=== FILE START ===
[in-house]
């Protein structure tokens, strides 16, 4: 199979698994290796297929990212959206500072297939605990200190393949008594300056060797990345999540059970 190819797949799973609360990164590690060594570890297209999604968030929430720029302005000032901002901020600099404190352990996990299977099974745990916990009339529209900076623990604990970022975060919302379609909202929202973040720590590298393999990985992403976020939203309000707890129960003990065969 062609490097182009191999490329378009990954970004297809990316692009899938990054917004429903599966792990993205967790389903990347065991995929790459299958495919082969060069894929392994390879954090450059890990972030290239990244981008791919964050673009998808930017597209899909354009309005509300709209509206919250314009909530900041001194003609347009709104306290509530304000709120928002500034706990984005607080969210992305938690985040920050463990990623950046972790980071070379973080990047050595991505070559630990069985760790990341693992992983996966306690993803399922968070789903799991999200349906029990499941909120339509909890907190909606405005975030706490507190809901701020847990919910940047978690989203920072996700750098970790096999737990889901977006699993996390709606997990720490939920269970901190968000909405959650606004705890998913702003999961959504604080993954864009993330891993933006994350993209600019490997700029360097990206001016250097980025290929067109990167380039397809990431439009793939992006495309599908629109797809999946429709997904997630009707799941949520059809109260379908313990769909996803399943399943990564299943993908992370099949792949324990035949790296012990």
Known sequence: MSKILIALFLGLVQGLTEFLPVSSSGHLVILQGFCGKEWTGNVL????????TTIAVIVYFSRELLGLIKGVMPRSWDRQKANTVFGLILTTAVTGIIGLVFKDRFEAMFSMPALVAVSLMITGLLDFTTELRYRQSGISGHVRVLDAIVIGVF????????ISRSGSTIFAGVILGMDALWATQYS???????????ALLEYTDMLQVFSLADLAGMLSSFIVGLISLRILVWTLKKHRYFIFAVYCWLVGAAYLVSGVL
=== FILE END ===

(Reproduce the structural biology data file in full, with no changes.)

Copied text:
[in-house]
């Protein structure tokens, strides 16, 4: 199979698994290796297929990212959206500072297939605990200190393949008594300056060797990345999540059970 190819797949799973609360990164590690060594570890297209999604968030929430720029302005000032901002901020600099404190352990996990299977099974745990916990009339529209900076623990604990970022975060919302379609909202929202973040720590590298393999990985992403976020939203309000707890129960003990065969 062609490097182009191999490329378009990954970004297809990316692009899938990054917004429903599966792990993205967790389903990347065991995929790459299958495919082969060069894929392994390879954090450059890990972030290239990244981008791919964050673009998808930017597209899909354009309005509300709209509206919250314009909530900041001194003609347009709104306290509530304000709120928002500034706990984005607080969210992305938690985040920050463990990623950046972790980071070379973080990047050595991505070559630990069985760790990341693992992983996966306690993803399922968070789903799991999200349906029990499941909120339509909890907190909606405005975030706490507190809901701020847990919910940047978690989203920072996700750098970790096999737990889901977006699993996390709606997990720490939920269970901190968000909405959650606004705890998913702003999961959504604080993954864009993330891993933006994350993209600019490997700029360097990206001016250097980025290929067109990167380039397809990431439009793939992006495309599908629109797809999946429709997904997630009707799941949520059809109260379908313990769909996803399943399943990564299943993908992370099949792949324990035949790296012990």
Known sequence: MSKILIALFLGLVQGLTEFLPVSSSGHLVILQGFCGKEWTGNVL????????TTIAVIVYFSRELLGLIKGVMPRSWDRQKANTVFGLILTTAVTGIIGLVFKDRFEAMFSMPALVAVSLMITGLLDFTTELRYRQSGISGHVRVLDAIVIGVF????????ISRSGSTIFAGVILGMDALWATQYS???????????ALLEYTDMLQVFSLADLAGMLSSFIVGLISLRILVWTLKKHRYFIFAVYCWLVGAAYLVSGVL